Accessory use means using a building or piece of land in a way that is different than its primary designation (See Primary Use). A musical rehearsal studio or massage therapy office located inside your house is an example of an accessory use. A "use" in city planning refers to the way a building or piece of land is designated to be used. For example, a piece of land may be designated as residential, meaning it can only be "used" as a home.
Money that is owed by customers for goods or services that have not yet paid for.
A one-time fee paid at the time the application is submitted. Be aware that for some permits, you may have to pay for both the application and the permit. Application fees are usually not refundable and paying one does not guarantee you will receive the permit you applied for.
Assets are property that your business owns. This includes anything that has value, such as cash, accounts receivables, inventory, supplies, equipment, etc.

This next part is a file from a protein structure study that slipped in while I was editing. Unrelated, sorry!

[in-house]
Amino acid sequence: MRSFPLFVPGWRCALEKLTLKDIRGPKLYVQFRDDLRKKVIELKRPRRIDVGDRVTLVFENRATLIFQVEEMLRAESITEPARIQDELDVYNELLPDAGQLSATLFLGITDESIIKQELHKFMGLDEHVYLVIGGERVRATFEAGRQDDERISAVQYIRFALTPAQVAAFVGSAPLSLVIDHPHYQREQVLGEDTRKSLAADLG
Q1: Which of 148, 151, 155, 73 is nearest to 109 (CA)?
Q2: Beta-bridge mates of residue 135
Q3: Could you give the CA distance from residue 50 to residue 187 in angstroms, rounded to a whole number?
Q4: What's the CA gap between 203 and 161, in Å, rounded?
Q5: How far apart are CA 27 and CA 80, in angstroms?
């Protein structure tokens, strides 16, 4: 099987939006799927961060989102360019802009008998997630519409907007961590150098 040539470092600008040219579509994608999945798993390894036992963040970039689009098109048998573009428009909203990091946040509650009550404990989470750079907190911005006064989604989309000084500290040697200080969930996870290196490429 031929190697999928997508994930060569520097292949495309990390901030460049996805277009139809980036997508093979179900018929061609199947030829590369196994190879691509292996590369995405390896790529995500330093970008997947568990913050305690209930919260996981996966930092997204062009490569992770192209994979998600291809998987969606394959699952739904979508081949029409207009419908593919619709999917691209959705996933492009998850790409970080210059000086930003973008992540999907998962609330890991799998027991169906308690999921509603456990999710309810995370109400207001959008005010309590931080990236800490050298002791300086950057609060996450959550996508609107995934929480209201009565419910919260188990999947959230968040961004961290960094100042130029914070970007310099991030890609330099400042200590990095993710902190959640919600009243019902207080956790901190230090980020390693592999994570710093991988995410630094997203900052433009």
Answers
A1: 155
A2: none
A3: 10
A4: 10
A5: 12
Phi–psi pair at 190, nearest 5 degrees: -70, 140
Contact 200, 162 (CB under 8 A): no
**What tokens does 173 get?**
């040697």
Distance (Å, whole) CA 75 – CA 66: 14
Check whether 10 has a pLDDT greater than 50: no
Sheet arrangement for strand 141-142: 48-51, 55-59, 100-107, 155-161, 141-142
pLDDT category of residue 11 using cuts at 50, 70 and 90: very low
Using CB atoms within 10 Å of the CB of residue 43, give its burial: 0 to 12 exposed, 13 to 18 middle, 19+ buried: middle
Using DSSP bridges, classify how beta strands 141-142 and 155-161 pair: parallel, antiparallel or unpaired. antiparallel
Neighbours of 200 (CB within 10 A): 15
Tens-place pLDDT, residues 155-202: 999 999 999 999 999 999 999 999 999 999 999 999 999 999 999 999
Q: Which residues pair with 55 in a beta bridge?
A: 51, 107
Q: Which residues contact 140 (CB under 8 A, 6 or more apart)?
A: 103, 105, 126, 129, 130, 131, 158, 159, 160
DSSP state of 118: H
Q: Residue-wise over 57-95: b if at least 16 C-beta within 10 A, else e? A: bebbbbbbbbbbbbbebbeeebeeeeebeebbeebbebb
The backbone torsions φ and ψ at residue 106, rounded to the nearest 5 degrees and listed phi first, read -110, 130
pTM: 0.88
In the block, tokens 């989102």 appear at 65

The identity for your product or service that differentiates it from competition.
Brick and mortar refers to businesses that have physical (rather than virtual or online) presences - in other words, stores that you can physically enter to purchase merchandise. When the term came about, most buildings were made of brick and mortar. Though we use all kinds of building materials today, the term is still common.
The maximum square footage and number of floors/building height allowed on a property by the City's zoning restrictions.
A business's cash flow is the measurement of cash flowing into and out of the business within a set amount of time. For example, you might bring in $100 in sales, but spend $50 in supplies within a given month
A document issued by the Department of Building and Safety, which verifies that a building complies with codes, laws and zoning and is thus approved for occupancy.